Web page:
Posts mislead on NIH COVID-19 guidelines for ivermectin

CLAIM: The National Institutes of Health recently added ivermectin to a list of COVID-19 treatments.

AP’S ASSESSMENT: False. The NIH COVID-19 treatment guidelines website says the agency recommends against the use of ivermectin for the treatment of COVID-19, except in clinical trials. The page outlining data on antiviral medications has included an entry for ivermectin since at least June 2021.

THE FACTS: Social media users in recent days shared the false claim that the NIH just added ivermectin to a website on COVID-19 treatments, with many suggesting that the agency was now endorsing the anti-parasitic drug for use against the virus.

“Yesterday the National institute of health added Ivermectin to the list of covid treatment,” reads one Twitter post from Thursday with more than 44,000 likes. “Looks like the conspiracy theorist were right and the ‘experts’ wrong once again.”

Another Tweet with over 39,000 likes reads: “Suddenly Ivermectin shows up on the NIH website for treating Covid. After years of denial, blocking, interference, villification, ruining social media accounts, killing people, etc. they silently add it to their antiviral protocol.”

Many of the tweets point to an NIH webpage on the agency’s COVID-19 treatment guidelines that provides information on antiviral therapies that are being evaluated, or have been evaluated, as possible treatments for COVID-19.

However, the page does not say the NIH recommends using ivermectin for treating COVID. Clicking the entry for ivermectin leads to a page that says: “The Panel recommends against the use of ivermectin for the treatment of COVID-19, except in clinical trials.”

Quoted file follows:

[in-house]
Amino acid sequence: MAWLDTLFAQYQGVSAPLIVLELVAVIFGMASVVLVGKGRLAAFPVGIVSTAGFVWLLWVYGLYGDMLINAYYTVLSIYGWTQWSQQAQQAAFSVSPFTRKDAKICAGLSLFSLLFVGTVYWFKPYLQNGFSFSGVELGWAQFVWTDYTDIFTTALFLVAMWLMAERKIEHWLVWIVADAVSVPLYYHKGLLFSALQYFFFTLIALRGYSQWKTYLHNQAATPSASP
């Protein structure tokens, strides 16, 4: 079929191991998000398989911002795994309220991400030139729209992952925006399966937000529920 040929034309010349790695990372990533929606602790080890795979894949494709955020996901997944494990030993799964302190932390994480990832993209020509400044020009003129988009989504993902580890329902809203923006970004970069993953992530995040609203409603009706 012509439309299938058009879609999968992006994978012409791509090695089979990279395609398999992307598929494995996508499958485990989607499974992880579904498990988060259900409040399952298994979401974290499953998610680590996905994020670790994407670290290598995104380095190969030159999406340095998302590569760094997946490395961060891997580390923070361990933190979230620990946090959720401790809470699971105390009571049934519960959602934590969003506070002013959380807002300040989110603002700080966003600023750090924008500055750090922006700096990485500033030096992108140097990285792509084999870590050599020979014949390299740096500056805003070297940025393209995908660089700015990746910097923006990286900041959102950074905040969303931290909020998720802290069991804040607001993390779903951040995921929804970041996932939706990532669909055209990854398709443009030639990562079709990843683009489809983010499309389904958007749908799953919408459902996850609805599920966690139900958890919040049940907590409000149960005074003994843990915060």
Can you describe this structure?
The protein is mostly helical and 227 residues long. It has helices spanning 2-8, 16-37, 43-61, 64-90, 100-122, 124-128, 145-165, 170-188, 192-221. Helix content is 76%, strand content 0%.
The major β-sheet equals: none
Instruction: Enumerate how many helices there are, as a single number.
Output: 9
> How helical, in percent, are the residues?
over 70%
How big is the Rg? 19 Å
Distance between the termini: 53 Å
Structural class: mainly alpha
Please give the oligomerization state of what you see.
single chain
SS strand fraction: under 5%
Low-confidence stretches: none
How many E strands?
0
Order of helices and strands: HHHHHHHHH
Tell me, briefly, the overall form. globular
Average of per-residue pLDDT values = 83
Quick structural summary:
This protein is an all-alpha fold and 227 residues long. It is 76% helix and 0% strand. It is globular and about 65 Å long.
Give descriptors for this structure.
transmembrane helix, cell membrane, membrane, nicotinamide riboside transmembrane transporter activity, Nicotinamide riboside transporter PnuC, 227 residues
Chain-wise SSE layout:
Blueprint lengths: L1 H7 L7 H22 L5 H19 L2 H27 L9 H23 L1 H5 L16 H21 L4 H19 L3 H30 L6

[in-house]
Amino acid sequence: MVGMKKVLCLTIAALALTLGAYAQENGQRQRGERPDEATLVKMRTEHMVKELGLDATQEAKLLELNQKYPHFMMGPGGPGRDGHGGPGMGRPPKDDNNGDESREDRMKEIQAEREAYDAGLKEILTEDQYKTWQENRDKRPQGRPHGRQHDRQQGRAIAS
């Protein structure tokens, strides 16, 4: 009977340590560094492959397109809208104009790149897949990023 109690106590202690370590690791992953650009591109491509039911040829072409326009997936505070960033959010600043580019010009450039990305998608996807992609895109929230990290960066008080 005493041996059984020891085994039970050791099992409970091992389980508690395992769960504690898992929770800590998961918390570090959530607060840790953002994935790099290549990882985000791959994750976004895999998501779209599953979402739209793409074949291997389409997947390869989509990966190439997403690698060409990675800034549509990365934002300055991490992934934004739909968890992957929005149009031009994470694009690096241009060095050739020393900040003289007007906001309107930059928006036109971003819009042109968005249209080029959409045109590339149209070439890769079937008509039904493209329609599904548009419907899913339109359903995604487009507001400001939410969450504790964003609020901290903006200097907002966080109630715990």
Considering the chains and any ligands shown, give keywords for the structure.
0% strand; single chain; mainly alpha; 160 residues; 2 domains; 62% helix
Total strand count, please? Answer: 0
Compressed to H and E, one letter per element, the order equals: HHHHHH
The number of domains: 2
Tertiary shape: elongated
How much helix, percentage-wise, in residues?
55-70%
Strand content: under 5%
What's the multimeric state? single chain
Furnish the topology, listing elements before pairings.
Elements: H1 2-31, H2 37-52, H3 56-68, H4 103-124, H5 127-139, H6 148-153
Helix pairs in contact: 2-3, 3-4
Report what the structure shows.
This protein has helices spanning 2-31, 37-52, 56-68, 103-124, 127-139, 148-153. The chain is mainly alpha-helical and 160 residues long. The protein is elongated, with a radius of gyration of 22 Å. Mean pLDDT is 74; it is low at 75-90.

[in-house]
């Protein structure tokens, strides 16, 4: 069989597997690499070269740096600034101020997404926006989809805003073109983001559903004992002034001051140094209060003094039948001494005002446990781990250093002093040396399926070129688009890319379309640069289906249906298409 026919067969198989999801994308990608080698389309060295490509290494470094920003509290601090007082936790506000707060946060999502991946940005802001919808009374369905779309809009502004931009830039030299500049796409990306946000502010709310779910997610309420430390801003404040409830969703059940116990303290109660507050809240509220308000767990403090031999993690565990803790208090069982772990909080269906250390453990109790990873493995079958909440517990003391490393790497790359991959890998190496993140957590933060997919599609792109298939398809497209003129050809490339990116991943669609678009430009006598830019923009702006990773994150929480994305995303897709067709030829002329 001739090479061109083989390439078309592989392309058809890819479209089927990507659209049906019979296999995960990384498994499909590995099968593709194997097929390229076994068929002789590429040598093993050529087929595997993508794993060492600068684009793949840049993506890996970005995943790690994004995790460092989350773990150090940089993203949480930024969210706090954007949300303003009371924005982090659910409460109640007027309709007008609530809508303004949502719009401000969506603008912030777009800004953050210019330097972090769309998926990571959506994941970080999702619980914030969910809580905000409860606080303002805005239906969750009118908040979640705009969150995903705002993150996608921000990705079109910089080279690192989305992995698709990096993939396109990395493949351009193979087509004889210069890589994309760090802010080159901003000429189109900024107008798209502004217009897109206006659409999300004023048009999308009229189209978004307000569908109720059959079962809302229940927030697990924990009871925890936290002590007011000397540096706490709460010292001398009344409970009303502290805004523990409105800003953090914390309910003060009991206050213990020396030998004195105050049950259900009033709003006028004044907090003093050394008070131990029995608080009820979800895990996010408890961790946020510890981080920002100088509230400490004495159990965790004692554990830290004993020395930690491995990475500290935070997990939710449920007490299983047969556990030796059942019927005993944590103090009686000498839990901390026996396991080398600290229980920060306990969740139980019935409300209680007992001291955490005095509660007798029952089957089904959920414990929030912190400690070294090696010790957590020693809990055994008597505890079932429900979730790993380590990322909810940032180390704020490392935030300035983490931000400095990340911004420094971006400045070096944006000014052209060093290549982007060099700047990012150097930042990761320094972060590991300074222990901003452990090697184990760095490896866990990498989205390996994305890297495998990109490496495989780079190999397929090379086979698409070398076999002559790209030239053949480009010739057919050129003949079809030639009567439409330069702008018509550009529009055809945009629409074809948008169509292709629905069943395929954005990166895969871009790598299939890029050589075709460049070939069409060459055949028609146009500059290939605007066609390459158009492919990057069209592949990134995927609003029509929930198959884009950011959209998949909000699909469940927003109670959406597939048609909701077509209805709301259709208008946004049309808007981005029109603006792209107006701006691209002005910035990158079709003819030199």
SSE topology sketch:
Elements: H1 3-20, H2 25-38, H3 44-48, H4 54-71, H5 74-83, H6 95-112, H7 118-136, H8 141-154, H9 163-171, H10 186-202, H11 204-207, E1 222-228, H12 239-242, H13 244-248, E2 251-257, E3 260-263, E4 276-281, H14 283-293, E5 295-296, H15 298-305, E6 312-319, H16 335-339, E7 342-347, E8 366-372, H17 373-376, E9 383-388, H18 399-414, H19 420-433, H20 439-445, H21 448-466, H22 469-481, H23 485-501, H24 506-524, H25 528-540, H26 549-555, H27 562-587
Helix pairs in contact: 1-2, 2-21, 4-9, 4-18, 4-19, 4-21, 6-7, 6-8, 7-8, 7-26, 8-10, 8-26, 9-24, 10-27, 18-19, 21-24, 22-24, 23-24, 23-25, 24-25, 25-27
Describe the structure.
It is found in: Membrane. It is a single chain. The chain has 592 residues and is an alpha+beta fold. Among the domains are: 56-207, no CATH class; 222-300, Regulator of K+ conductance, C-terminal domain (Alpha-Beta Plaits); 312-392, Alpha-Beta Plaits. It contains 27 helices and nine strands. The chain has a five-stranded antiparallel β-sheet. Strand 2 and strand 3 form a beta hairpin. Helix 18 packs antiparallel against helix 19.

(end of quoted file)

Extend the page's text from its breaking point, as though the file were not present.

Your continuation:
The entry for ivermectin is also not new. Caches stored by the Internet Archive’s WayBack Machine shows the data for ivermectin studies has been listed on the antiviral therapies page as early as June 2021. The specific ivermectin page at the time said: “There are insufficient data for the COVID-19 Treatment Guidelines Panel (the Panel) to recommend either for or against the use of ivermectin for the treatment of COVID-19.” The page was updated on April 29, 2022, to add the current language recommending against treating COVID with ivermectin.

Dr. H. Clifford Lane, clinical director at the NIH’s National Institute of Allergy and Infectious Diseases, confirmed to The Associated Press that the panel that oversees the COVID-19 treatment guidelines does not recommend ivermectin as a COVID-19 treatment, except in clinical trials.

“The body of evidence suggests it does not work. There are other medications that have strong evidence of efficacy. The concerns are not about safety but lack of efficacy,” said Lane in an email to the AP. Lane is also one of three co-chairs of a panel that oversees those guidelines.

Ivermectin is not authorized or approved by the U.S. Food and Drug Administration for use against COVID-19, and most health experts and agencies recommend against prescribing the anti-parasite drug for this purpose.

Significant misinformation about ivermectin has spread throughout the pandemic. People have also misinterpreted other NIH guidelines for treating COVID-19 in the past.


This is part of AP’s effort to address widely shared misinformation, including work with outside companies and organizations to add factual context to misleading content that is circulating online. Learn more about fact-checking at AP.